PANCAP general meeting
Income criteria for AIDS, malaria fund unfair -Asst Caricom Secretary-General
November 13, 2003
It is unfair that some countries in the Caribbean are being disqualified from receiving money from the Global Fund for AIDS, malaria and TB on the basis of an income classification derived mainly from their Gross Domestic Product (GDP), a top CARICOM official said yesterday.
Assistant Secretary-General of CARICOM, Dr Edward Greene, said that this is a notion that should be challenged.
Stating that the Pan Caribbean Partnership Against HIV/AIDS (PANCAP) needs to engage the Global Fund for HIV/AIDS, Tuberculosis and Malaria in further discussions about the level of support, Dr Greene said the fund ignores the fact that HIV/AIDS and other "catastrophic diseases reinforce the poverty trap especially in circumstances like the Caribbean where poverty levels are relatively high, structural unemployment, also high and the income distribution, skewed".
The CARICOM assistant head, speaking at the third annual general meeting (AGM) of PANCAP at Le Meridien Pegasus Hotel yesterday, said that there is also need to challenge the notion on the basis of empirical evidence that the Caribbean countries are highly vulnerable to natural disasters that wreak havoc on physical and human resources with implications for public finance and the burden of increasing debt.
In congratulating the countries that were successful in receiving financing from the Global Fund, including Guyana and PANCAP, Dr Greene noted that the fund's emphasis on care and treatment, prevention and human rights would be the priorities that PANCAP would pursue over the immediate period in its attempt to accelerate the response to HIV/AIDS.
He acknowledged that the acquisition of resources from the fund brings new challenges of management and collaboration.
"It is in this regard that PANCAP has the opportunity to rise to the occasion and demonstrate through a collective approach and in the true spirit of the partnership that it can effectively implement the funded programmes with a coordinated strategy," Dr Greene said.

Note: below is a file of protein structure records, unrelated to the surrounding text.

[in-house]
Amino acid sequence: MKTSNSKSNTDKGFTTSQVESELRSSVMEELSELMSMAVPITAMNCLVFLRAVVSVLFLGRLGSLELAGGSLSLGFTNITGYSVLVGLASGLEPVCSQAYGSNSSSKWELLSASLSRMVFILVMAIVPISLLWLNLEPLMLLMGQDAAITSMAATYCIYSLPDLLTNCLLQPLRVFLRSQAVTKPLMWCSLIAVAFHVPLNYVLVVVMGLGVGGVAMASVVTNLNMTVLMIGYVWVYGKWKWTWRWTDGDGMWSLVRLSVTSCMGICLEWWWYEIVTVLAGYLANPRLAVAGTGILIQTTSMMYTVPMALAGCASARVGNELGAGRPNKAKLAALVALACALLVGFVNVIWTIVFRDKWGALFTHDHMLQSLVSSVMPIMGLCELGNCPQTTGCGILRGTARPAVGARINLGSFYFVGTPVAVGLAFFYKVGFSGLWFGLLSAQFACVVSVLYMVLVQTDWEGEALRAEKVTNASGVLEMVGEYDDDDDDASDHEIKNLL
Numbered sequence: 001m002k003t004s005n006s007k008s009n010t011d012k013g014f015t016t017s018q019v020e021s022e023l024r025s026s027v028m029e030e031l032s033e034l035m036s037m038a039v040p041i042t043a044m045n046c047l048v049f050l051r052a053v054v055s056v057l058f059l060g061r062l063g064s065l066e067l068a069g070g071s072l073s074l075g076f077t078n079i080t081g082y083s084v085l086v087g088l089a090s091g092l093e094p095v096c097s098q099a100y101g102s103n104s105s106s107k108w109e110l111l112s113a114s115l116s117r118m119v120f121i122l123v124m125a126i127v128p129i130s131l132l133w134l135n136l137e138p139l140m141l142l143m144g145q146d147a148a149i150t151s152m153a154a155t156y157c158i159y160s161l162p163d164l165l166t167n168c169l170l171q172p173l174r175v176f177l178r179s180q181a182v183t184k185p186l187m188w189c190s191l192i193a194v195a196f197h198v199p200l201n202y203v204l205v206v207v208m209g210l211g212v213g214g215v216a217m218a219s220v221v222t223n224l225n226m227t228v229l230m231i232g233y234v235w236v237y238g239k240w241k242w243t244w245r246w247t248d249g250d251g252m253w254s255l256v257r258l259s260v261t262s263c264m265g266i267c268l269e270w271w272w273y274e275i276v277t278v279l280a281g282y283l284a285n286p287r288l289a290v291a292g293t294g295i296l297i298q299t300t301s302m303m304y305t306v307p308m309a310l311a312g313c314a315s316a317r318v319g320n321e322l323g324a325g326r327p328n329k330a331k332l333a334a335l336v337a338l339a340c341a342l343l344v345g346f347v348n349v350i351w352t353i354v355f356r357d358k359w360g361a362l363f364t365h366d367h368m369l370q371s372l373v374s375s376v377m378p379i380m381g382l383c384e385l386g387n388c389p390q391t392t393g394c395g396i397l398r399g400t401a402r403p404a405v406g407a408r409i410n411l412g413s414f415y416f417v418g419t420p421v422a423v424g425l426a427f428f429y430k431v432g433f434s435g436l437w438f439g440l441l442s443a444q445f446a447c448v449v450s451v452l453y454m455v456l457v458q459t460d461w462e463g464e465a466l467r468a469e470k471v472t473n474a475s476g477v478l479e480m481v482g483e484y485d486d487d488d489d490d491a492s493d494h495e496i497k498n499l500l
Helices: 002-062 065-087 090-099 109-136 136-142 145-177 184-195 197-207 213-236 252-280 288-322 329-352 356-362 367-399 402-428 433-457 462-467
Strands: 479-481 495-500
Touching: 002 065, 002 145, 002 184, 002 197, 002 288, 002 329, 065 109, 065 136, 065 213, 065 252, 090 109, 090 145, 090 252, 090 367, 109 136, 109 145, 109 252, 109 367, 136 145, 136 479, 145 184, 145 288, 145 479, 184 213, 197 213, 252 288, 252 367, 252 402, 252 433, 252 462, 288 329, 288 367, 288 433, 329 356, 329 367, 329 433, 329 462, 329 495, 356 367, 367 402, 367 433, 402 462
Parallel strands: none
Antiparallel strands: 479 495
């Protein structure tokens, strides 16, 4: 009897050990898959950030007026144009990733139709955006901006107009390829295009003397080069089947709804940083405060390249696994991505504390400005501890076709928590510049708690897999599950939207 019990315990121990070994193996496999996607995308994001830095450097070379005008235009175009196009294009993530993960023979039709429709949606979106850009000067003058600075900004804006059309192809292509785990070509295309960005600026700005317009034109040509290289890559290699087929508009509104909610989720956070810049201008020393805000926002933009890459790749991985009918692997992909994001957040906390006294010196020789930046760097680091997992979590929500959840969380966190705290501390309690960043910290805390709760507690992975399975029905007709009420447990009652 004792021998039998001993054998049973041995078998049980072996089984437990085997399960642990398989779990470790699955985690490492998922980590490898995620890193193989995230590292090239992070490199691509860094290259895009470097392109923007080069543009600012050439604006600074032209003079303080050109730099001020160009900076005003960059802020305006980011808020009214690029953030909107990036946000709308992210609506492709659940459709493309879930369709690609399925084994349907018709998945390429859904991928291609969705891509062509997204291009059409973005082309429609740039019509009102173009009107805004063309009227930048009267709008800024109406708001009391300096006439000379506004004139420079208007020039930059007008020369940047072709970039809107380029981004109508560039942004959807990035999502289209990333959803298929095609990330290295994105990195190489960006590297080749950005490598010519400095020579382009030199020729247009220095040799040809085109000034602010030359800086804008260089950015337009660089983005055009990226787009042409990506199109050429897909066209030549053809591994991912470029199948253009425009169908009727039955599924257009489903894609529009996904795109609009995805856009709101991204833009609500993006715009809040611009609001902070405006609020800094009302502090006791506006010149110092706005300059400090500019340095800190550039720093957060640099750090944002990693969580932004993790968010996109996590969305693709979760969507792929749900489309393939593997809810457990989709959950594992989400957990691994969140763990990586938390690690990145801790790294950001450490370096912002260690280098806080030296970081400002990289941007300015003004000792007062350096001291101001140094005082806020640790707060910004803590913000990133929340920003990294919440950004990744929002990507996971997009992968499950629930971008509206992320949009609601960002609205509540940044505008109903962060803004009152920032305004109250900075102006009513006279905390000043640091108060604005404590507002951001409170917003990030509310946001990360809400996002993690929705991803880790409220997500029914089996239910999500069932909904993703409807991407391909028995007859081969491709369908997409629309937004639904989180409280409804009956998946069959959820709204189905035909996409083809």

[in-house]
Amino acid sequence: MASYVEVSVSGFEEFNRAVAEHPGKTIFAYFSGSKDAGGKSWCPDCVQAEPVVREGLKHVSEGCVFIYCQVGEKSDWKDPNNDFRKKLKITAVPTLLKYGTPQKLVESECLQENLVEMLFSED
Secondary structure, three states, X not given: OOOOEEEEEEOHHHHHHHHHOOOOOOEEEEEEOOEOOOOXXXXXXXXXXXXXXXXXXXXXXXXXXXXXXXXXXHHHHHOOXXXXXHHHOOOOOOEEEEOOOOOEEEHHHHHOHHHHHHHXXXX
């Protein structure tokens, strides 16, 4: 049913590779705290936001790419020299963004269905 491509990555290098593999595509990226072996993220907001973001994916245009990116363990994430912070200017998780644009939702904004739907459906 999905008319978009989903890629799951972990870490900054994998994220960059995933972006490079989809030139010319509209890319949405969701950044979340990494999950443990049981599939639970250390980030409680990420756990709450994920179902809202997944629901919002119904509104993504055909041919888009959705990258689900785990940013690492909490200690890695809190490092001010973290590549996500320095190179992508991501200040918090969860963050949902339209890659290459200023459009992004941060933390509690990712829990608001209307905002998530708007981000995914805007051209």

He added that the awards from the fund to eight successful Caribbean projects amount to approximately US$40 million over the first two years and a possible total of US$110 million over a five-year period. But, he added that the sums approved, which include the funding given to Haiti, are "...nowhere near the level that is required to stem the tide of this devastating disease."
Representatives from around the Caribbean and from a number of agencies and organisations that fund HIV/AIDS projects in the Caribbean are attending the two-day meeting.
According to Executive Director of UNAIDS and UN Under Secretary-General, Dr Peter Piot, whose speech at the opening was delivered via a telecast, the challenge now facing PANCAP is to ensure that "we successfully move towards implementation and towards scaling up the response to the epidemic in the Caribbean."
He said the time is now ripe to break the barriers of "our separate `mandates' and work together towards a common cause - prevention of HIV and AIDS and care and support for people living with HIV/AIDS."
Dr Piot feels that this is going to be a true test of the partnership: being able to work together, to pull their resources and share their accountability in order to deliver a scaled-up response. "Our `deliverables' will be measured at the country level - in workplaces, in schools, in communities and families. If any one country, if anyone organisation, if anyone partner fails - we fail."